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Quarterback’s Little Helper

KANSAS CITY, Mo. — He answers to the nickname Jet, confesses to having “little man” syndrome and has a high-pitched voice — constantly imitated by his teammates and coach — that would make a high school freshman blush.

But Jerick McKinnon, the Chiefs’ diminutive running back, has also made an outsized contribution as something of a quarterback helper. He caught nine touchdown passes during the regular season to tie the Hall of Famer Marshall Faulk’s 2001 mark for scoring receptions by a running back.

“He just finds a way to get in the end zone,’’ Kansas City quarterback Patrick Mahomes said. “A lot of those things he’s not the first read, he’s not the second read. He’s able to just be in the right spot at the right time whenever I need to hit a check down, I can get it to him and then he makes the most of it by getting into the end zone.”

Perhaps the best example of McKinnon’s savvy came in a December game against the Denver Broncos, when Mahomes was flushed from the pocket and McKinnon shot ahead of a defender who keyed in on the quarterback. Mahomes quickly dished a no-look pass that McKinnon took 56 yards for a touchdown.

At 5-foot-9 and 216 pounds, McKinnon has also been a shockingly effective blocker, a skill that may help fend off the Bengals’ defense in Sunday’s A.F.C. championship game with Mahomes nursing a sprained right ankle.

McKinnon, a 30-year-old journeyman, was selected as a playoff captain by his teammates because of his good humor and professionalism.

“It’s not like he’s looking for the glory or the praise,” Mahomes said. “He just comes to work every single day with a smile on his face and he brings the energy. You ask anybody in the locker room, and he’s probably one of, if not the favorite guy in the locker room.”

Kansas City Coach Andy Reid said McKinnon had fulfilled the role of “big brother” for a team that is stacked with rookies and second- or third-year pros.

“He’s got the high-pitched voice,” Reid said. “Everybody thinks the world of him and loves him.”

McKinnon’s Kevin Hart-like high-octave patter earned him a turn on a Reddit thread about the least intimidating voices in the N.F.L. The fellow running back Clyde Edwards-Helaire’s impersonation of McKinnon is the gold standard inside the Kansas City practice facility.

Reid, too, has added a McKinnon impersonation alongside his take on Mahomes’s gravelly foghorn tone, but has yet to debut it publicly.

McKinnon has taken the long path to a breakout season. A third-round selection of the Minnesota Vikings in 2014, he spent four years as a backup before signing a four-year, $30 million deal with San Francisco in 2018. That year, McKinnon tore an anterior cruciate ligament, an injury that kept him from playing until 2020. He did not have many options left when Kansas City offered him a one-year deal before last season.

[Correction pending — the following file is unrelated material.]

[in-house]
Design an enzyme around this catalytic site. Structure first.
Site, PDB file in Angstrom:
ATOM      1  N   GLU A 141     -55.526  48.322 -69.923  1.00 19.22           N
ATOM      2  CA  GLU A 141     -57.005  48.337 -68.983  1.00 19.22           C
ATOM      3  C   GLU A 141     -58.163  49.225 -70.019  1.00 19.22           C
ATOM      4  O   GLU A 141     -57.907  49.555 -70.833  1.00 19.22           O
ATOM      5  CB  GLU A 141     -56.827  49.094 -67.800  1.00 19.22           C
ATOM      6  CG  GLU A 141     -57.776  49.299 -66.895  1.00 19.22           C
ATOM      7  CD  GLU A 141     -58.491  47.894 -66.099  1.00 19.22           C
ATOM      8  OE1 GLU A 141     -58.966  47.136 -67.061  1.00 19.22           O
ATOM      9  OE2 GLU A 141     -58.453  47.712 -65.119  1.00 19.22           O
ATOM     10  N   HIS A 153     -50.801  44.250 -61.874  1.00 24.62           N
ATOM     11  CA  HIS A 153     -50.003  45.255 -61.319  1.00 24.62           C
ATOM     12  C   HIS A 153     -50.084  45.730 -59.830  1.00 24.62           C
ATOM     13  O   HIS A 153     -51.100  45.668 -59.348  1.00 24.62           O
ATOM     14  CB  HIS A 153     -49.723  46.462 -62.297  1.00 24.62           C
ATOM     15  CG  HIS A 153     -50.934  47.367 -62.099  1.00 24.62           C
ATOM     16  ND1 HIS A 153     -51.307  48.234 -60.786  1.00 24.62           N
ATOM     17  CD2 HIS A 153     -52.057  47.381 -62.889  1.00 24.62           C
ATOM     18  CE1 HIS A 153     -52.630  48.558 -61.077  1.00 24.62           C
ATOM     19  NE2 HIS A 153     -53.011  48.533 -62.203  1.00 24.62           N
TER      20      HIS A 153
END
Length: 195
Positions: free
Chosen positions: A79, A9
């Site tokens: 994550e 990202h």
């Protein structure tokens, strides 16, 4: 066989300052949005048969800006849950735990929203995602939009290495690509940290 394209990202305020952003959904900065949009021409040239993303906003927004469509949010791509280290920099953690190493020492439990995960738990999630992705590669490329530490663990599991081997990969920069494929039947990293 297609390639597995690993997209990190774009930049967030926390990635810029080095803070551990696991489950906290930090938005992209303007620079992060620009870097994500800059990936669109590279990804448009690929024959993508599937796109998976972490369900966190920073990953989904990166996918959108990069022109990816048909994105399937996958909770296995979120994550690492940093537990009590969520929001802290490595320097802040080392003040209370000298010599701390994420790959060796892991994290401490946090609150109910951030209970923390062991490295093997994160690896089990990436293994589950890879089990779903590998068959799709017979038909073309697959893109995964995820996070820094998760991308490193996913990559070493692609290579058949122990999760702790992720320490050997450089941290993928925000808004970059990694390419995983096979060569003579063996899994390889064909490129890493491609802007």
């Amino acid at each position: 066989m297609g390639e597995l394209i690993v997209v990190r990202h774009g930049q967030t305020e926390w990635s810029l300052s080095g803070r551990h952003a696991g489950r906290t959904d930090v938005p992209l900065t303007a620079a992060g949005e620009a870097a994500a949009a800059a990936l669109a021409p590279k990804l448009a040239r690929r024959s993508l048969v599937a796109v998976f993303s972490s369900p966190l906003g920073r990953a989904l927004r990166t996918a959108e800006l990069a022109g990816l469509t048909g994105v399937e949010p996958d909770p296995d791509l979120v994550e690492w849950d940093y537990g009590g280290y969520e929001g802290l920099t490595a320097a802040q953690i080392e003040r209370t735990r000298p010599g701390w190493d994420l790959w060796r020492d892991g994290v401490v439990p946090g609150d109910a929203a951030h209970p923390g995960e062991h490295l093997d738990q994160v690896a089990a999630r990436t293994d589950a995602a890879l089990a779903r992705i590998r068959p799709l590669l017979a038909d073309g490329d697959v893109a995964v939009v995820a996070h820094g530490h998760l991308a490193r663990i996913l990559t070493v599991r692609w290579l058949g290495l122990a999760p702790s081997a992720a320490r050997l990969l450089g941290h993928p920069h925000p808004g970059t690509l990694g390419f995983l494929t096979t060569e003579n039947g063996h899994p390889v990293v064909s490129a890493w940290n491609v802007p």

The injury delay made him evangelical about taking care of his body. Besides the usual stretches and rolls before and after practices, McKinnon alternates acupuncture and dry needling along with cupping throughout the week. He said the former star running back Adrian Peterson, with whom he played in Minnesota, impressed upon him how important it was to do everything possible to remain in peak shape.

Reid says McKinnon’s background as a quarterback at Georgia Southern University allows him to see the whole field and use his intuition to feel for where he needs to be as a play unfolds.

“He kind of knows how the game works as a whole,” Reid said. “I think that helps him in the run game — knowing how gaps are set up, knowing how secondaries fill for the run.”

Reid added: “He can catch the ball on top of all of that.”

McKinnon was Kansas City’s third-leading pass catcher in the regular season with 54 receptions, but he is perhaps most beloved by Kansas City’s offensive line for his “little man” rage that shows itself in his mighty blocking, especially when opponents blitz Mahomes.

In most personnel packages, McKinnon and Creed Humphrey, the team’s 6-foot-4 All-Pro center, are responsible for picking up blitzes and making the necessary adjustments to protect Mahomes.

The team’s offensive coordinator, Eric Bieniemy, says McKinnon’s blocking prowess gets overlooked because of his stature, explosive running and his pass-catching.

“That’s probably one of the most underrated deals that people don’t think about when they mention his name,” Bieniemy said. “He’s a good football player that happens to play running back.:

McKinnon does not get a lot of carries — he ran the ball 72 times for 291 yards this season. The rookie back Isiah Pacheco led Kansas City this season with 830 yards on 170 carries.

In overtime against the Houston Texans last month, however, McKinnon showed a swagger that tickled his quarterback. With Kansas City on the Texans’ 26-yard line and within field goal range, Mahomes called for a McKinnon run.

“Two hands on the ball,” Mahomes said as they broke the huddle.

“I’m going to score,” McKinnon told him. Then he made good on the prediction for a game-winning touchdown.

Mahomes marveled, “He’s a little old but he still has his speed.”

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